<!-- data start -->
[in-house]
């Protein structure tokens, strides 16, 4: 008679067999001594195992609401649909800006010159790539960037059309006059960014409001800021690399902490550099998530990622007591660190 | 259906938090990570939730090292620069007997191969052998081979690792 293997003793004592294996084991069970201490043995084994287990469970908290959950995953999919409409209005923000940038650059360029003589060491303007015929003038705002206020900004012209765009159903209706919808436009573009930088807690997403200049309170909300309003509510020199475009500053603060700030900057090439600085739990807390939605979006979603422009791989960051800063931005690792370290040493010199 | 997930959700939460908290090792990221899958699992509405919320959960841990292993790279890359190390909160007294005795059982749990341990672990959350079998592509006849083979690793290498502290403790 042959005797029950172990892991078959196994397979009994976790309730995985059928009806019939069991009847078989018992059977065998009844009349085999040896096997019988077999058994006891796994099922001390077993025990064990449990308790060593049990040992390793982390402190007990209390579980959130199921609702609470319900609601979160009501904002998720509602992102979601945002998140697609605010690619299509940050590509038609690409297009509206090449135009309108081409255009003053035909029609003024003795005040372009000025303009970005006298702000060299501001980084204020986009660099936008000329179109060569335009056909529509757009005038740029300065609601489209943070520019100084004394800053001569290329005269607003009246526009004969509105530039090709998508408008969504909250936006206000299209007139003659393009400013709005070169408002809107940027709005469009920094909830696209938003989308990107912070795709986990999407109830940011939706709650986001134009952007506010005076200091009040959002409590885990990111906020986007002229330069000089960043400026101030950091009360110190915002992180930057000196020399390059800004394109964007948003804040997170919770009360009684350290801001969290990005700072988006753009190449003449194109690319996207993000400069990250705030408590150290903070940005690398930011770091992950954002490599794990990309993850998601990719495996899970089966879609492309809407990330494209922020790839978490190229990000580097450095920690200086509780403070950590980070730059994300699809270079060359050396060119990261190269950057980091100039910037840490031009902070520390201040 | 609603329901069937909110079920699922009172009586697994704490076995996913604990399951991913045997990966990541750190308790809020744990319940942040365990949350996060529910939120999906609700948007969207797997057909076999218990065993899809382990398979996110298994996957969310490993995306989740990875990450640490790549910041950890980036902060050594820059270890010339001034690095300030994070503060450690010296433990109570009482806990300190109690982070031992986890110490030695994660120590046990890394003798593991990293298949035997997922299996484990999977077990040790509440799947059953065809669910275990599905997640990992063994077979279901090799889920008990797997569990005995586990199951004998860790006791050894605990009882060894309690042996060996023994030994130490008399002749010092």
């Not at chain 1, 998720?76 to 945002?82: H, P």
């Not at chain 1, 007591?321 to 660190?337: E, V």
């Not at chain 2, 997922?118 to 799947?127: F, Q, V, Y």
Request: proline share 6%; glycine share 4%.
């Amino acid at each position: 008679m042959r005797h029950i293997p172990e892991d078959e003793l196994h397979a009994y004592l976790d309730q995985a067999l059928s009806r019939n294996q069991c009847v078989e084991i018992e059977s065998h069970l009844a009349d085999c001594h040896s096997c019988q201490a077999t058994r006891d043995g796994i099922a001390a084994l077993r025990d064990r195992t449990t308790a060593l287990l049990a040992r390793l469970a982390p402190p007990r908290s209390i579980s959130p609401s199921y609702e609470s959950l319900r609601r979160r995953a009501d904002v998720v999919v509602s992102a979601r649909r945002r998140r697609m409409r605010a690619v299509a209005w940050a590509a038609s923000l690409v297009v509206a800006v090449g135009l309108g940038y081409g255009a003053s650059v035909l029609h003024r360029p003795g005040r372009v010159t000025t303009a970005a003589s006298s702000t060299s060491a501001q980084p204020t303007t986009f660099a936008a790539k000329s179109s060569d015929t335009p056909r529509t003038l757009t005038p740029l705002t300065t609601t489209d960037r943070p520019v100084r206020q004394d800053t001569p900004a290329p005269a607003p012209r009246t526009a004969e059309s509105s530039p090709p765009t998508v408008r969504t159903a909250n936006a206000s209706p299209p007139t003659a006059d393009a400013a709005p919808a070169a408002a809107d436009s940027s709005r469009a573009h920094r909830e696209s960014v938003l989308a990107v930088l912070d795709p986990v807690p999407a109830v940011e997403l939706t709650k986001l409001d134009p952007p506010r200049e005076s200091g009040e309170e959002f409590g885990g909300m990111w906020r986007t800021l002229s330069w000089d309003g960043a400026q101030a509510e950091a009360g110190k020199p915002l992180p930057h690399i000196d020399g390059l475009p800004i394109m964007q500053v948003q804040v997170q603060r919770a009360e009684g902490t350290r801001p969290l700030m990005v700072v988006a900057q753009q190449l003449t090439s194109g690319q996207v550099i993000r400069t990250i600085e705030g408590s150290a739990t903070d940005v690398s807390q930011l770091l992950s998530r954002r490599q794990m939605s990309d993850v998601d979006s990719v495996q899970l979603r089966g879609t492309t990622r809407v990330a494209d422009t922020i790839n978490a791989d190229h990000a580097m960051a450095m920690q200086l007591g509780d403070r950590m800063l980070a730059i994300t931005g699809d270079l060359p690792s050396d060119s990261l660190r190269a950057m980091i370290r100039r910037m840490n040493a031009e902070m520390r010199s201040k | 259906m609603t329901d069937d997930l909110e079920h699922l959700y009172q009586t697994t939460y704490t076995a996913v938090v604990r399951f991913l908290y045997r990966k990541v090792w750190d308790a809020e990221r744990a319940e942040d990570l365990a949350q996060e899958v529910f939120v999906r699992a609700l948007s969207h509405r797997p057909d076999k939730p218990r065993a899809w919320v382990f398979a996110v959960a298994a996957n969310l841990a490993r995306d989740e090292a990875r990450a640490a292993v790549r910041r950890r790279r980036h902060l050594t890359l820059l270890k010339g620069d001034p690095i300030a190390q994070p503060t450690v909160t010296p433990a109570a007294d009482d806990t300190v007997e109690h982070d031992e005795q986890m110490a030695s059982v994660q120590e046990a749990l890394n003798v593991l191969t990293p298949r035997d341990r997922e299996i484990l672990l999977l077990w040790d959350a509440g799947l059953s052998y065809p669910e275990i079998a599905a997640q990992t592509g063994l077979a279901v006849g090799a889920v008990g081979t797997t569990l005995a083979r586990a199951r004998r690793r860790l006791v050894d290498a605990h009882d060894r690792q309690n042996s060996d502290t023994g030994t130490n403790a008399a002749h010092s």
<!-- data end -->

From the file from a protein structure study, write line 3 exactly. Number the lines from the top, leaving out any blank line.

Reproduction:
């Not at chain 1, 998720?76 to 945002?82: H, P």